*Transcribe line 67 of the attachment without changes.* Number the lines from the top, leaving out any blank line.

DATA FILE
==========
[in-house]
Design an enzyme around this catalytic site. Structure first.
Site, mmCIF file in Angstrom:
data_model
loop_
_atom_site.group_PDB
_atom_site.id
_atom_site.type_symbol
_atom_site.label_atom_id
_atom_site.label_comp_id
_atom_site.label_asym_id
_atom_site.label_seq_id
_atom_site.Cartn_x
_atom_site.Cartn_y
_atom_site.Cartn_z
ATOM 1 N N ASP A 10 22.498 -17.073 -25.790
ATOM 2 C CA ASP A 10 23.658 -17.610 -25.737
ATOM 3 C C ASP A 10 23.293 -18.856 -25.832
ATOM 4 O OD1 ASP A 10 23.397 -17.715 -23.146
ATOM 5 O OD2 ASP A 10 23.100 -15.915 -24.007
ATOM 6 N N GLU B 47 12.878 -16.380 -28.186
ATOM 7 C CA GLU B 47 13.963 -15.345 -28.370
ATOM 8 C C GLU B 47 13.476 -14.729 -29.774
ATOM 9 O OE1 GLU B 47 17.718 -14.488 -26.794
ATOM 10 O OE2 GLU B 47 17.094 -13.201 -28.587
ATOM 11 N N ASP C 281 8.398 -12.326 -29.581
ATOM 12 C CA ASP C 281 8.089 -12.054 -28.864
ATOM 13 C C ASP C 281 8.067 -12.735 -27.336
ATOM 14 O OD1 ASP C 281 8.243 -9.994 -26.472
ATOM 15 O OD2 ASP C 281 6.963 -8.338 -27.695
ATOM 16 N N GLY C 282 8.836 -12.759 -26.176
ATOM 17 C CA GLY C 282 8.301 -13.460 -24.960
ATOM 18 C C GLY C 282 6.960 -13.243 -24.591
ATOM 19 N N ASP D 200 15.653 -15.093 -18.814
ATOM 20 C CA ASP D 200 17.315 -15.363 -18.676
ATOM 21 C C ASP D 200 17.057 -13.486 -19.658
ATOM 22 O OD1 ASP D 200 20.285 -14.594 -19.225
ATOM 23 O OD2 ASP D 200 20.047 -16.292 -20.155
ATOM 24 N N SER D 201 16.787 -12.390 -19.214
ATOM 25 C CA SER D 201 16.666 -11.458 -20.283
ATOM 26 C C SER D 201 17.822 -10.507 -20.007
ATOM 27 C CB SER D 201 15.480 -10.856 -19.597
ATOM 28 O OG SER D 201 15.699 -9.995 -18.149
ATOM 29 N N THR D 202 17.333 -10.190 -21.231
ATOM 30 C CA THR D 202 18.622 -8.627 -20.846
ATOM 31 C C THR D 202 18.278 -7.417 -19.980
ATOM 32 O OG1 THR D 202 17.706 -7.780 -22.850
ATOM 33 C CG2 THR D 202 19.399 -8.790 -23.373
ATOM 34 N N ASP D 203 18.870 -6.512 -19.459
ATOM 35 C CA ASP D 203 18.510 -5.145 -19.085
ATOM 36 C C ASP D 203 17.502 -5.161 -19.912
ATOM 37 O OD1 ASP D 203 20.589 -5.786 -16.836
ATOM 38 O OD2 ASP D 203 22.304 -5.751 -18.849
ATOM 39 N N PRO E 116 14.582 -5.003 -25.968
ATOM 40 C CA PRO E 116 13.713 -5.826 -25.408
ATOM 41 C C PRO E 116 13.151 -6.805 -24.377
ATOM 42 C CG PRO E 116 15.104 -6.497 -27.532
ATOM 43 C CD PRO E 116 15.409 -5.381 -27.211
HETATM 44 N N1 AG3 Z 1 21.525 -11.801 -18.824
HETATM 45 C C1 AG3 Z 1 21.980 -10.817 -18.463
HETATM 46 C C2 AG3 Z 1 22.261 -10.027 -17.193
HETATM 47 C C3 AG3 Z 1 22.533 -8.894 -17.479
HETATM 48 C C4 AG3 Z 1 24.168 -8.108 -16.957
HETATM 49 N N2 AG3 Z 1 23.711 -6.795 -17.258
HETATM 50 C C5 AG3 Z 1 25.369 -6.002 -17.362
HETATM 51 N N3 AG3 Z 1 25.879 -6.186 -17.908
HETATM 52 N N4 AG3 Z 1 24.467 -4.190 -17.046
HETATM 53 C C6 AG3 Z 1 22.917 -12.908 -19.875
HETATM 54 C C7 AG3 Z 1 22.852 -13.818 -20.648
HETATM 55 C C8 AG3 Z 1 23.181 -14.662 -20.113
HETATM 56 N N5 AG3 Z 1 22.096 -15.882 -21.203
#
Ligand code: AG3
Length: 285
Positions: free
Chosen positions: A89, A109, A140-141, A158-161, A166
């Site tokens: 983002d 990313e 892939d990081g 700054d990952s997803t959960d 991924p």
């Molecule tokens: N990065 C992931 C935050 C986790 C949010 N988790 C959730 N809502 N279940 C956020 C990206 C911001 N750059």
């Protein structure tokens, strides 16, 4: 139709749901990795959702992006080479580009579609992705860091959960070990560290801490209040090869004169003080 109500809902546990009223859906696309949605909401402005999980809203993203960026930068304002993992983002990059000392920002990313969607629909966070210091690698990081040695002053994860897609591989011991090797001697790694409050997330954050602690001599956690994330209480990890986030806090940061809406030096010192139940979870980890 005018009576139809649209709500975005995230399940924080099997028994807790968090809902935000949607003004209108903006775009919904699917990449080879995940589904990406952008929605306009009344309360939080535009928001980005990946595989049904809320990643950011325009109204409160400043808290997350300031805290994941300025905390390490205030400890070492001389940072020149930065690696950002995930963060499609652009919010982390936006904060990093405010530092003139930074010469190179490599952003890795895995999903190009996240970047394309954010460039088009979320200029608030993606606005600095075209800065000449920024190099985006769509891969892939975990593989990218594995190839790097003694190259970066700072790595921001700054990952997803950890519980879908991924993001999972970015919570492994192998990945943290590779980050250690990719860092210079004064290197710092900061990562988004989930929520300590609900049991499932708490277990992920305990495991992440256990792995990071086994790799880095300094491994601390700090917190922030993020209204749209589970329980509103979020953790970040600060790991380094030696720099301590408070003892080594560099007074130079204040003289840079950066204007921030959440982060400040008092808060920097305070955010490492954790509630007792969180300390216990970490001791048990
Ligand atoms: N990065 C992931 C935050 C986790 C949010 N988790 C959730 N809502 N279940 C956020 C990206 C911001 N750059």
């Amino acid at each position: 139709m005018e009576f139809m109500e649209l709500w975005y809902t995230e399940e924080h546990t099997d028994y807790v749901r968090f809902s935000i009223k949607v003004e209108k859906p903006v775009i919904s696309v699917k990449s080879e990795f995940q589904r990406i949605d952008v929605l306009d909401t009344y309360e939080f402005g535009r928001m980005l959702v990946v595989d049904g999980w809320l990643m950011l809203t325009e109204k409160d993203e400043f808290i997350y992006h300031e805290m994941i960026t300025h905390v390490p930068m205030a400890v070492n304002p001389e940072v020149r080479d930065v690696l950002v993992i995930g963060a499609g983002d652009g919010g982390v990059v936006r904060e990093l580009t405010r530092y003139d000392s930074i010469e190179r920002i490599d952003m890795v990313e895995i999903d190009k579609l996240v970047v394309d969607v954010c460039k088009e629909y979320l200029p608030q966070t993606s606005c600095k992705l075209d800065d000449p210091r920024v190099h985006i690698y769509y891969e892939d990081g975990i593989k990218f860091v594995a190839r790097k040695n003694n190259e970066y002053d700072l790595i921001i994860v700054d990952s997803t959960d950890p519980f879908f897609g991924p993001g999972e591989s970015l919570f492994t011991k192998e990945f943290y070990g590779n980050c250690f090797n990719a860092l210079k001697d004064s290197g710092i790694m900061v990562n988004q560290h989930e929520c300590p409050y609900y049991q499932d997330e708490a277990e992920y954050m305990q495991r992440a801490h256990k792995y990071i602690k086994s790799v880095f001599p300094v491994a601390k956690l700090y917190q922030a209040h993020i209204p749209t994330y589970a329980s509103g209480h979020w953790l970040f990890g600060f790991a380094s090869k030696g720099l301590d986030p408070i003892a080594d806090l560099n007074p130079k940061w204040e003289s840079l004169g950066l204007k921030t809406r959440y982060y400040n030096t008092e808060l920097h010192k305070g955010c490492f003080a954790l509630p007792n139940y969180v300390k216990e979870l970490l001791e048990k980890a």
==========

HETATM 52 N N4 AG3 Z 1 24.467 -4.190 -17.046